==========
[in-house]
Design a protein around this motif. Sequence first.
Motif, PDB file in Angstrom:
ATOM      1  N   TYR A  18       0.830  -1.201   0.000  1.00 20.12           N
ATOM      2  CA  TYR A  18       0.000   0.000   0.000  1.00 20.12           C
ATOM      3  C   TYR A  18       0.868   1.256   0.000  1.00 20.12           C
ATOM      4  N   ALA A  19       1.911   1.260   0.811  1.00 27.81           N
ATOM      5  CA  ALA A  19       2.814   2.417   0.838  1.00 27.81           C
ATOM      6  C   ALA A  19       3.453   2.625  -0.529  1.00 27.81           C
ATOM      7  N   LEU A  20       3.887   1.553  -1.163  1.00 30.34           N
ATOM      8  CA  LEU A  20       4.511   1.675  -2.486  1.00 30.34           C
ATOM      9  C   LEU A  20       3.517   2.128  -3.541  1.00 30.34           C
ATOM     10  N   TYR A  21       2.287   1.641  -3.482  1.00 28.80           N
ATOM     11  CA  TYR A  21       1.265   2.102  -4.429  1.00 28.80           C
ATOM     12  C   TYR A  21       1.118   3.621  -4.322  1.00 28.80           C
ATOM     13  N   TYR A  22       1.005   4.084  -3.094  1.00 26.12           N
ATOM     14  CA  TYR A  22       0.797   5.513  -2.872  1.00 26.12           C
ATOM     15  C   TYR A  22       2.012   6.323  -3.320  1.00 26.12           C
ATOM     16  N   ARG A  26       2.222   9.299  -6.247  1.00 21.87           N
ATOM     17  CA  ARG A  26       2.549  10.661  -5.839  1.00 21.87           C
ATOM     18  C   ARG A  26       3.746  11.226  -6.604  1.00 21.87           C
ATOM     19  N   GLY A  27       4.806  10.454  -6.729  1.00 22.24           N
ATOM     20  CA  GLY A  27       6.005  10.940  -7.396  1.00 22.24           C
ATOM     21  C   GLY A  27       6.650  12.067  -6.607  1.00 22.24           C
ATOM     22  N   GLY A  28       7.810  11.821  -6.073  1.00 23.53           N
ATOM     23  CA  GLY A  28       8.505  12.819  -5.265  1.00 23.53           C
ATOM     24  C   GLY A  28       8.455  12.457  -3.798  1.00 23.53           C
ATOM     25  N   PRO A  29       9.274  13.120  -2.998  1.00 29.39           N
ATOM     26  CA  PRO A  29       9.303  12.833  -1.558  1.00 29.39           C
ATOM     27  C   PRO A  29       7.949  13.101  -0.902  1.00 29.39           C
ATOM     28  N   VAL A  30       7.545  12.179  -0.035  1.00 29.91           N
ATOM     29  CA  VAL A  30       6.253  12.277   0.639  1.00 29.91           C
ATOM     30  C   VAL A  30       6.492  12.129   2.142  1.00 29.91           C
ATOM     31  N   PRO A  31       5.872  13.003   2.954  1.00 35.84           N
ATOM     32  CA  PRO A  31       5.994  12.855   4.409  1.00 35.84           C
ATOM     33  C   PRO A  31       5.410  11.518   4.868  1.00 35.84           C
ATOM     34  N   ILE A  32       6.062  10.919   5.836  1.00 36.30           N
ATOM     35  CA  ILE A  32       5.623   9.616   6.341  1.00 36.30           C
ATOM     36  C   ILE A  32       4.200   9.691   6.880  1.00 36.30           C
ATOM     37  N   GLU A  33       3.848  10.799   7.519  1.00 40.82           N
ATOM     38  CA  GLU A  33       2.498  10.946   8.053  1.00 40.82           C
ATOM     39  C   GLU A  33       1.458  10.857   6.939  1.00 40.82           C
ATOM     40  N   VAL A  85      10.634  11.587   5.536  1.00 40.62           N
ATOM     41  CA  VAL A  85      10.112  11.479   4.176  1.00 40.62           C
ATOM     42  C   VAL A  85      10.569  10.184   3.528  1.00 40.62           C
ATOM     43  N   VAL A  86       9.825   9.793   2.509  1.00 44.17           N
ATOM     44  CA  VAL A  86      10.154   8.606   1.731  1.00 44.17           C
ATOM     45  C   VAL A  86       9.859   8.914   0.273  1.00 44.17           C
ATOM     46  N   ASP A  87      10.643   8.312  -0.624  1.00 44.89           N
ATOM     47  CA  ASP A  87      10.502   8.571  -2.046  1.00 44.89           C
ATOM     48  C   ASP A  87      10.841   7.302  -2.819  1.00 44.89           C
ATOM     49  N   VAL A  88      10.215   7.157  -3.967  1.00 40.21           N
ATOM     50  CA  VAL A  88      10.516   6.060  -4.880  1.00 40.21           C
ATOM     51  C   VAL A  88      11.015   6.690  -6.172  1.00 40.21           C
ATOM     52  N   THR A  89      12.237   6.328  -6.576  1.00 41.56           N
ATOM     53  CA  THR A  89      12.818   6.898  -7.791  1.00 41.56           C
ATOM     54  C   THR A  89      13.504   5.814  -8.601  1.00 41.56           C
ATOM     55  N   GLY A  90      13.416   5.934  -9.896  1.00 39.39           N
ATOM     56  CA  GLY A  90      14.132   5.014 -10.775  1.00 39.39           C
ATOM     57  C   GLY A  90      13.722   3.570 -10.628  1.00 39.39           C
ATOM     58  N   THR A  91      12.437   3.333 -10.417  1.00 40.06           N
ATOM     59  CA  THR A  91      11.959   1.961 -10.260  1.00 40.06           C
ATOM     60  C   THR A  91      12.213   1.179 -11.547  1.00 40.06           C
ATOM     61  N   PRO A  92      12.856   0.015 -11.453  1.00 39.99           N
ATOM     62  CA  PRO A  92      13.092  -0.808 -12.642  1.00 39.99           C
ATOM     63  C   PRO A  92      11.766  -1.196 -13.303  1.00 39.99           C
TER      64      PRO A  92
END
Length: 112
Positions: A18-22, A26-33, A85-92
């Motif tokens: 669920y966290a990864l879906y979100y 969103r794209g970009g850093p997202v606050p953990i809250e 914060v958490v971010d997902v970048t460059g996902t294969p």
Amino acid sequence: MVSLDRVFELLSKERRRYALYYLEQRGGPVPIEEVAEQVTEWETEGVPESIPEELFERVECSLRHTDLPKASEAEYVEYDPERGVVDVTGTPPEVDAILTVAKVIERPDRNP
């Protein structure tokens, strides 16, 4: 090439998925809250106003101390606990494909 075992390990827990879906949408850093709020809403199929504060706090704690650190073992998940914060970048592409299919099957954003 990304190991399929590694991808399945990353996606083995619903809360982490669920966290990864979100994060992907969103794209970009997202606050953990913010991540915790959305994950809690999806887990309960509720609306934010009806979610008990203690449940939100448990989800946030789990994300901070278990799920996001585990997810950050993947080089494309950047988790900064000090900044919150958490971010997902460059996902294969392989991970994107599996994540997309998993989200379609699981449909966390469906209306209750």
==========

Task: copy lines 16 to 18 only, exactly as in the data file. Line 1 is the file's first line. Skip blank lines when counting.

ATOM     13  N   TYR A  22       1.005   4.084  -3.094  1.00 26.12           N
ATOM     14  CA  TYR A  22       0.797   5.513  -2.872  1.00 26.12           C
ATOM     15  C   TYR A  22       2.012   6.323  -3.320  1.00 26.12           C